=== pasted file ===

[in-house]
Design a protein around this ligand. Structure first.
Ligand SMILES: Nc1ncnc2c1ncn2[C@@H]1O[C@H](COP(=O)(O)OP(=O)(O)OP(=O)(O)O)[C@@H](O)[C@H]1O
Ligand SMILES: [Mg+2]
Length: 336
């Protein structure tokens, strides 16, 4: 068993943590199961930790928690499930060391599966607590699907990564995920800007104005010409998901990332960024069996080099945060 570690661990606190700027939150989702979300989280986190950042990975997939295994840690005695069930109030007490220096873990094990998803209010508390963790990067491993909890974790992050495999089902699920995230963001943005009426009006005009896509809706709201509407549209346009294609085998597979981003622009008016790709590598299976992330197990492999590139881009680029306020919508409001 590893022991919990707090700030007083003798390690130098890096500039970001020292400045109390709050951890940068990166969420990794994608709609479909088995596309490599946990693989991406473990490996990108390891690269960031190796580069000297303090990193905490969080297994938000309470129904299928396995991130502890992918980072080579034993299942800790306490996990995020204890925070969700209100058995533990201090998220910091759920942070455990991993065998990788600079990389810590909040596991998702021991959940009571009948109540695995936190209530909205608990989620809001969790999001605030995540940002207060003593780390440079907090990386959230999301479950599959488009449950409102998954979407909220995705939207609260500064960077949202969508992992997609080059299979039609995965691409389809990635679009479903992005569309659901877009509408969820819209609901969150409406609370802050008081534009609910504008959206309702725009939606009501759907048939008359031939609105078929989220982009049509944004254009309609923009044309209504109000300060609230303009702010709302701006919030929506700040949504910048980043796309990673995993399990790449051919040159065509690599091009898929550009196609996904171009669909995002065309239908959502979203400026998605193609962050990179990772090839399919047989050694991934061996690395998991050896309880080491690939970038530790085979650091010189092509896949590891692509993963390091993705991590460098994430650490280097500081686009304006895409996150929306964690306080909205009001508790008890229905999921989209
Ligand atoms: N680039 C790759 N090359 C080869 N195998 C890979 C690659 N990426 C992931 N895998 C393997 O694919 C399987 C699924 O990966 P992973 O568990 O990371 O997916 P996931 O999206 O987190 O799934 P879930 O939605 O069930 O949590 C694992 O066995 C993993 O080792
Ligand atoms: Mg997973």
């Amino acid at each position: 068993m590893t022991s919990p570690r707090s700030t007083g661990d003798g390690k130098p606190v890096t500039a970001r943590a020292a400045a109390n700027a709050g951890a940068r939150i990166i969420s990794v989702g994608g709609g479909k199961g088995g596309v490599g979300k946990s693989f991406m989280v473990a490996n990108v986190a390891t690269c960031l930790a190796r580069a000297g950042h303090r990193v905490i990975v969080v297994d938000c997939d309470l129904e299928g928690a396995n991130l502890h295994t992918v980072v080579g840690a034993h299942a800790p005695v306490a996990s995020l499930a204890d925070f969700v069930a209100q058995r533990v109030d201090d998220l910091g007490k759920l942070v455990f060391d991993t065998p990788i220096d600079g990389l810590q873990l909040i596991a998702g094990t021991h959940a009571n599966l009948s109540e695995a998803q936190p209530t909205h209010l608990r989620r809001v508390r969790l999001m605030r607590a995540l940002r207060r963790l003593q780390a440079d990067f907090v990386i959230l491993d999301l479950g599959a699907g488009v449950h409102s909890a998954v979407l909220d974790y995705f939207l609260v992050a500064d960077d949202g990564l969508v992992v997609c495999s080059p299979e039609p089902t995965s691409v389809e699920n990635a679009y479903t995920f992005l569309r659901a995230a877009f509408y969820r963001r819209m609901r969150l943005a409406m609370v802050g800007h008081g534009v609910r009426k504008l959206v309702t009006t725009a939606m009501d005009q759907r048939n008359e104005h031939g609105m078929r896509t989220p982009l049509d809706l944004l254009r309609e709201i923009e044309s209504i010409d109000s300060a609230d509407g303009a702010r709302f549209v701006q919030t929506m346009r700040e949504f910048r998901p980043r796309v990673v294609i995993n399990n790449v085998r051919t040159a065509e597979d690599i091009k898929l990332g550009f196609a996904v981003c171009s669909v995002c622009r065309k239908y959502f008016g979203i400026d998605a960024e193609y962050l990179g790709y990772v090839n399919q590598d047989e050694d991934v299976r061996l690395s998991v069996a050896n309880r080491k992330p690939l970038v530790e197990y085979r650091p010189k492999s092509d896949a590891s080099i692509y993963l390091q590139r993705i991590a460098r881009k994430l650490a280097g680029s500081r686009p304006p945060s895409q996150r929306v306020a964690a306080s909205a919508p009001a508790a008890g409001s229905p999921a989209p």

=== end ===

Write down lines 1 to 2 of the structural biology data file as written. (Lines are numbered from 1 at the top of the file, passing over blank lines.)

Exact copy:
[in-house]
Design a protein around this ligand. Structure first.